RESULTS: HCPs from all the 20 clinics involved responded to each listed Enhanced Primary Healthcare (EnPHC) intervention components as being implemented but the perceived sustainability of these implementation varies between them. Quantitative feedback showed sustainable interventions included risk stratification, non-communicable disease (NCD) screening form, referral within clinics and hospitals, family health team (FHT), MTAC services and mechanisms and medical adherence status. Qualitative feedback highlighted implementation of each intervention components comes with its challenges, and most of it are related to inadequate resources and facilities in clinic. HCPs made initiatives to adapt based on clinical setting to implement the interventions at best level possible, whereby this seems to be one of the core values for sustainability.
CONCLUSION: Overall perceptions among HCPs on sustainability of EnPHC interventions are highly influenced by current experiences with existing resources. Components perceived to have inadequate resources are seen as a challenge to sustain. It's crucial for stakeholders to understand implications affecting implementation process if concerns raised are not addressed and allocation of needed resources to ensure overall successfulness and long term sustainability.
METHODS: A series of meticulous planning, healthcare staff training, advocacy, and community engagement activities were conducted by the Penampang District Health Office. Bivalent Oral Polio Vaccine (bOPV) and monovalent Oral Polio Vaccine were administered over the period of 1 year via these methods: house to house, drive-through, static, and mobile posts. The targeted group was 22 096 children aged 13 years and below.
RESULTS: Polio SIAs in Penampang managed to achieve more than 90% coverage for both bOPV and mOPV. The overall vaccine wastage was reported to be 1.63%. No major adverse reaction was reported.
CONCLUSION: High vaccine uptake during Polio SIAs in Penampang was attributed to good inter-agency collaboration, community engagement, intensified health promotion activities, and drive-through vaccination campaign.
METHODS: This cross-sectional study included 390 participants from a primary care clinic in Selangor, Malaysia, between February and June 2022. The inclusion criteria were high-CV risk individuals, that is, Framingham risk score >20%, diabetes without target organ damage, stage 3 kidney disease, and very high levels of low-density lipoprotein cholesterol (LDL-C) >4.9 mmol/L or blood pressure (BP) >180/110 mmHg. Individuals with existing CVD were excluded. The treatment targets were BP <140/90 mmHg (≤135/75 for diabetics), LDL-C <2.6 mmol/L, and HbA1c ≤6.5%. Multiple logistic regressions determined the association between sociodemographic, clinical characteristics, health literacy, and medication adherence with the achievements of each target.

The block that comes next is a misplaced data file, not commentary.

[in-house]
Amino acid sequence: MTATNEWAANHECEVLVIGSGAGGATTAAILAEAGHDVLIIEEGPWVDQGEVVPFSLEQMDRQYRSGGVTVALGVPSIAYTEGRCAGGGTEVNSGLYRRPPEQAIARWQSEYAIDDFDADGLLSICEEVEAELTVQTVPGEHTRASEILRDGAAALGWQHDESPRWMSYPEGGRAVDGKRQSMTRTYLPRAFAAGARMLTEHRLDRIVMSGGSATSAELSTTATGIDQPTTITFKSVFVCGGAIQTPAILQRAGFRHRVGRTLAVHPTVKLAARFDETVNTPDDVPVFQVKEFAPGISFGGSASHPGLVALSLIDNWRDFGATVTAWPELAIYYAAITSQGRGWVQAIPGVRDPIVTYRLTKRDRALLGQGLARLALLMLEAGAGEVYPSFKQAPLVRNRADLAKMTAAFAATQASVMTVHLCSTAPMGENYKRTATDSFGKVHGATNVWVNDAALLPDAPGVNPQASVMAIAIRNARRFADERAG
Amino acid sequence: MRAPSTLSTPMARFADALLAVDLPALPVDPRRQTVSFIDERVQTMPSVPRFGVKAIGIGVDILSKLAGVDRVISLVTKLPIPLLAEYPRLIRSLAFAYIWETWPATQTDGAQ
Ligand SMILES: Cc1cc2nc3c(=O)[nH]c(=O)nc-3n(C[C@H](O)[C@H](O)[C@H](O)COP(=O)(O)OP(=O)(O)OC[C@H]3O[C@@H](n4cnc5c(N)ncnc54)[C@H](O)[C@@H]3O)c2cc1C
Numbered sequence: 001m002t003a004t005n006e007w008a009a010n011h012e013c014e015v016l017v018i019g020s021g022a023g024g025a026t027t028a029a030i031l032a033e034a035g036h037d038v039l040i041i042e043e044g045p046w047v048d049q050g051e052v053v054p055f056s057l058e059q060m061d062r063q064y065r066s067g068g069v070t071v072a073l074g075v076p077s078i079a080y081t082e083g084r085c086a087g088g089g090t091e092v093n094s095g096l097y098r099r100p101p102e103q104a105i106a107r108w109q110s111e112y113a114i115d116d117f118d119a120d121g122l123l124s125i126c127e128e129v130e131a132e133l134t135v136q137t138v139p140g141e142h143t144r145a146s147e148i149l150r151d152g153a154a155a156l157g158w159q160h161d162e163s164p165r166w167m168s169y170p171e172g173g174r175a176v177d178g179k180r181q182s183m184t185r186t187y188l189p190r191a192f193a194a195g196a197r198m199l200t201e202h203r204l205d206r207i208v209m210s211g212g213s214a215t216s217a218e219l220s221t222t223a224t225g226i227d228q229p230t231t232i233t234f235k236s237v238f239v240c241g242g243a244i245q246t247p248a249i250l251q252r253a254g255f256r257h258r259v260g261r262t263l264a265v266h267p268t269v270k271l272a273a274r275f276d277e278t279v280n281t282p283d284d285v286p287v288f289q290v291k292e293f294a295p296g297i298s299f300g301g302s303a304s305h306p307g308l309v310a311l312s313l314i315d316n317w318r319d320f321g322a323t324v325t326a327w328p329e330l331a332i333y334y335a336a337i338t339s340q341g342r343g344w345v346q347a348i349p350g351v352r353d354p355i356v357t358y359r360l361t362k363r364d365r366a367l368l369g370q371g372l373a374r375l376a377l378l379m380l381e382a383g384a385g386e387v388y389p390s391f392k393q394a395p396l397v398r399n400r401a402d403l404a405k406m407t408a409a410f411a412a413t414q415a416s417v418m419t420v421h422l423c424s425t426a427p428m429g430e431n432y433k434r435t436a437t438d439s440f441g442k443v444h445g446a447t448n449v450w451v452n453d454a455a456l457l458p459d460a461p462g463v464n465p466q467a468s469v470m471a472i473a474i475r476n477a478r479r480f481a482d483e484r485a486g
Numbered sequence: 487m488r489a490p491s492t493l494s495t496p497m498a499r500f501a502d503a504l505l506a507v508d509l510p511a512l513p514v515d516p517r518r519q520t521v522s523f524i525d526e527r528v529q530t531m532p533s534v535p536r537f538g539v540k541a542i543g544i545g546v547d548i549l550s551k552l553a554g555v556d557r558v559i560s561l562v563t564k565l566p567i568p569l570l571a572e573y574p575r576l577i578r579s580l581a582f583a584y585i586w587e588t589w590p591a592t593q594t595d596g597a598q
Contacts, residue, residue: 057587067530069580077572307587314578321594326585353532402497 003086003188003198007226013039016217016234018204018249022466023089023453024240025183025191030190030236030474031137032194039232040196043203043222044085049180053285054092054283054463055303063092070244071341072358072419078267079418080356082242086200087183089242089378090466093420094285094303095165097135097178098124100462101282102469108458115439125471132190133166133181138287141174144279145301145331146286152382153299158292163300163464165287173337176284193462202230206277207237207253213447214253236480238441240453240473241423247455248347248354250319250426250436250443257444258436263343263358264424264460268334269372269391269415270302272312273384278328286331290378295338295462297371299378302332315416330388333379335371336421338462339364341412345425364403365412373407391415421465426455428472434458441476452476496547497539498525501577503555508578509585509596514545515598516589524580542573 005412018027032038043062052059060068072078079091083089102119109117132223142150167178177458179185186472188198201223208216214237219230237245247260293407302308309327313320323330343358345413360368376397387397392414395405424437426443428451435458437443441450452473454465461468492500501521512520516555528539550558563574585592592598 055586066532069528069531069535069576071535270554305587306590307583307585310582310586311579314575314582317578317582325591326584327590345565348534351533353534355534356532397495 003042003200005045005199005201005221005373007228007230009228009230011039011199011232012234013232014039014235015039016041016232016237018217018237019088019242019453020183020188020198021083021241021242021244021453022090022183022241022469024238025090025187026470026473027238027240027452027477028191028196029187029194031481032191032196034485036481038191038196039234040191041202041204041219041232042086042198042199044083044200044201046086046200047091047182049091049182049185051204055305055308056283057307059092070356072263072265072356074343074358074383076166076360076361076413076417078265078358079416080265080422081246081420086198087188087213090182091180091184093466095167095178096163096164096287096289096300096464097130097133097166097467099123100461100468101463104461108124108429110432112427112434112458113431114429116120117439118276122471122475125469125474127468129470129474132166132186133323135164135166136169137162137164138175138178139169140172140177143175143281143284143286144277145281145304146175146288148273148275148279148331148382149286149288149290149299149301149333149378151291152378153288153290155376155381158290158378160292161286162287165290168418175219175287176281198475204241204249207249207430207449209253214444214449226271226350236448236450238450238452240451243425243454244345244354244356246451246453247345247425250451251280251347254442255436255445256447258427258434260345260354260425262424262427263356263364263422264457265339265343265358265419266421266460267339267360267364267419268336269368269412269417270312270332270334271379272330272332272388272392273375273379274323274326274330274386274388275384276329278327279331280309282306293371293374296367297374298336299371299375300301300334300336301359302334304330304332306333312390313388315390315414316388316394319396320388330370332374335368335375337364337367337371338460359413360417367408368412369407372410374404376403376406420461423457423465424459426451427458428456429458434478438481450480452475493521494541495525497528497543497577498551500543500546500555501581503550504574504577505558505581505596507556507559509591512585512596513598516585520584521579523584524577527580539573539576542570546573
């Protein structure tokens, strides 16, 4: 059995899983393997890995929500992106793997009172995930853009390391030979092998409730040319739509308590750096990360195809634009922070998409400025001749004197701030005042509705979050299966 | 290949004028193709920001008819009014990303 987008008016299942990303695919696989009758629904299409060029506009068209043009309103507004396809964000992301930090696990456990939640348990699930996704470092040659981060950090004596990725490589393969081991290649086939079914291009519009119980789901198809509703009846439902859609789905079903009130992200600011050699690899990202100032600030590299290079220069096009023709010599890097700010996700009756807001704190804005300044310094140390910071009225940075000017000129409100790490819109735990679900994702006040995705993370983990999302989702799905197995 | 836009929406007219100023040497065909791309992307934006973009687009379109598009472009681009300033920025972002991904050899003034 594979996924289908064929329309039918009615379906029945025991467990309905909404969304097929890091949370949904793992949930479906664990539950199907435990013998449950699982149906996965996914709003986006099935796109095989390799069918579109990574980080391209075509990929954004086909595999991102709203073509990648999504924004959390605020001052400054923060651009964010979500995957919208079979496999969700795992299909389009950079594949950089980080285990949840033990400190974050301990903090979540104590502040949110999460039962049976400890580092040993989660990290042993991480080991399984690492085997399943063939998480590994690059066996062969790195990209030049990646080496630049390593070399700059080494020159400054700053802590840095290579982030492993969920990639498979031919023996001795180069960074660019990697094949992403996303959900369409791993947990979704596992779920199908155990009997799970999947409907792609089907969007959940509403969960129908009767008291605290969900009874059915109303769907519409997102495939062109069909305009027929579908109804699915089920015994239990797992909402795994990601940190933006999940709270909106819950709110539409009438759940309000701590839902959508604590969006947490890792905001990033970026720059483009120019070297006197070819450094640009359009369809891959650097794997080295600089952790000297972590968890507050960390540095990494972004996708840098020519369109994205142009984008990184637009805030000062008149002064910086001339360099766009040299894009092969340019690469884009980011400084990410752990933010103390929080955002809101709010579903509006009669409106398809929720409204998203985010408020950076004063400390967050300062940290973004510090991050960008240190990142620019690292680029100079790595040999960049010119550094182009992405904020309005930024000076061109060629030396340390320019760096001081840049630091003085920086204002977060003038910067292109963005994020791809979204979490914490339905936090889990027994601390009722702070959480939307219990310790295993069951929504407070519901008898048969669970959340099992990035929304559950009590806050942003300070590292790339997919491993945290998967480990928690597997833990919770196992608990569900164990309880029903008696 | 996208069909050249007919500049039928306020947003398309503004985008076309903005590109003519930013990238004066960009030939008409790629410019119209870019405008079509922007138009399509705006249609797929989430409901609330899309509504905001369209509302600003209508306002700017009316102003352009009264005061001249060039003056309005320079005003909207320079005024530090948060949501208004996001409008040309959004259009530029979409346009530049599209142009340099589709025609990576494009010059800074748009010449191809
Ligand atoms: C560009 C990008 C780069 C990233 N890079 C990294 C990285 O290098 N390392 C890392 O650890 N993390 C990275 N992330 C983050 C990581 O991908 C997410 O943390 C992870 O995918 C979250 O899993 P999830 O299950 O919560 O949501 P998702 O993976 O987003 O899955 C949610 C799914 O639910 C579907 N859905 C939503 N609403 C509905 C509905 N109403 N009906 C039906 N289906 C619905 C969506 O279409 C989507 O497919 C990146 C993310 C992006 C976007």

RESULTS: About 7.2% achieved all treatment targets. Of these, 35.1% reached systolic and diastolic (46.7%) BP targets. About 60.2% and 28.2% achieved optimal LDL-C and HbA1c, respectively. Working participants had lower odds of having optimal systolic (aOR = 0.34, 95% CI: 0.13-0.90) and diastolic (aOR = 0.41, 95% CI: 0.17-0.96) BP. Those who adhered to treatments were more likely to achieve LDL-C and HbA1c targets; (aOR = 1.72, 95% CI: 1.10-2.69) and (aOR = 2.46, 95% CI: 1.25-4.83), respectively.
CONCLUSIONS: The control of risk factors among high CV risk patients in this study was suboptimal. Urgent measures such as improving medication adherence are warranted.
METHODS: A website called D-PATH was developed, consisting of 6 learning units for managing hypertension. A 4-week program was implemented, and a pre- and post-intervention assessment was conducted to measure acceptability and changes in knowledge, attitude and practice, dietary intake, physical activity, and anthropometric status.
RESULTS: The D-PATH website was acceptable in terms of understandability, actionability and cognitive load. Knowledge, attitude and practice, and physical activity levels were improved, but no changes were noted for dietary intake and blood pressure level.
CONCLUSION: The D-PATH website was accepted and feasible for the intervention study. This study has shed light on using the website to promote behavioral change in patients with cardiometabolic risks.